The Abramson Cancer Center of the University of Pennsylvania
Last Modified: August 18, 2002
Miss America Katie Harmon Talks with OncoLinks Editor-in-Chief, Dr. James Metz
September 21st is fast approaching. That is the date that Katie Harman, Miss America 2002 and friend of OncoLink, will pass the crown to Miss America 2003. Katie's platform as Miss America, Breast Cancer in America: Caring Community-by-Community, entails caring for women and men with breast cancer. Particularly addressing issues surrounding quality of life for patients in all stages of the disease. Katie spent the year traveling the country, visiting patients and hearing accounts of their battles with the disease. She was able to use her crown as a megaphone to spread the word that hope and quality of life are of utmost importance for breast cancer patients.
Miss Harman spent some time with OncoLink's Editor-in-Chief, Dr. James Metz, as her year of service was winding down, to discuss the accomplishments of her year.
Dr. James Metz
MA: Miss America, Katie Harman
Thank you so much for taking a few minutes with us today. We really appreciate it.
MA: Anything I can do.
What do you feel you were able to accomplish with your platform, Breast Cancer in America: Caring Community-by-Community during your year of service as Miss America this year?
MA: When I look back at this past year, how I started, and the message I started with, my platform evolved and became even stronger. I feel I have achieved many of my goals thus far. One achievement was that the overall message I was trying to send, about support and quality of life, was heard by so many different groups. That was one of my main goals, to be able to communicate that to many different types of people. One of the most exciting groups, one that I did not expect to be able to communicate with, were the governing bodies, the legislative bodies. And I had the opportunity to visit many state legislatures, as well as our national legislature, and speak with them about breast cancer issues and about access, especially, which leads me to another achievement. I was so surprised at the extent of the opportunity to communicate and raise awareness of issues surrounding access to quality treatment, prescription drugs, medications, and support.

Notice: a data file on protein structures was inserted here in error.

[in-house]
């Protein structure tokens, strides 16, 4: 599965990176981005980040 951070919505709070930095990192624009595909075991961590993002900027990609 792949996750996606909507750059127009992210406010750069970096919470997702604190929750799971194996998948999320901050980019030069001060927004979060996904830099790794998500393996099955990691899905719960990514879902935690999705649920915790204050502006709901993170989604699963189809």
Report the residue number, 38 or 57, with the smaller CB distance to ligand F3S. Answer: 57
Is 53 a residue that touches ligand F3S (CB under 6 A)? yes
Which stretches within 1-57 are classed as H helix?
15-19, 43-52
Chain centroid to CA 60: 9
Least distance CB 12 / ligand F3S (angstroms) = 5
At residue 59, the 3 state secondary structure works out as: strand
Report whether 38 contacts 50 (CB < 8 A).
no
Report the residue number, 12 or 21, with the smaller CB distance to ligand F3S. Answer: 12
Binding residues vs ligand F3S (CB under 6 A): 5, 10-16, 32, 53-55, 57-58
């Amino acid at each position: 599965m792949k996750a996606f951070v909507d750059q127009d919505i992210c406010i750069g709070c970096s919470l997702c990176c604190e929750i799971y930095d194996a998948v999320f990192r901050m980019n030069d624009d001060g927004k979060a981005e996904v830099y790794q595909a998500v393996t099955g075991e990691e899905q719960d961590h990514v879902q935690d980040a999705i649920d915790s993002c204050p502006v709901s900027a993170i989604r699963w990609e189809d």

Yes, that is one aspect that I think is so important. It is amazing how many issues you get into just with breast cancer-and how many different avenues you can go down.
MA: I agree. I think the third achievement, which was my ultimate goal, was to offer hope and support to the breast cancer patients themselves. To communicate to them that the crown was their megaphone. That was the opportunity for them to proclaim the messages that they wanted, and that were important to them.
I can tell you it was wonderful just seeing you going from room to room with the patients here at Penn, how much they brightened up. Their whole day changed-they were enlightened on how they were looking at life after meeting with you, so it is wonderful that you have taken this on as your platform.
MA: Thank you. They have really changed me. They were amazing. They have given me so much resolve within this issue? and their prospective on life-just amazing.
That leads me to a couple of other questions-how do you think your time spent with women battling breast cancer has changed you over this year?
MA: It has enlightened me as to their feelings, thoughts, desires, and needs. I am so thankful, and feel so blessed that so many women opened their hearts to me. That they openly told me what it was that they were feeling and what they wanted said with the megaphone. In all this, I was almost a conduit of what they wanted to say.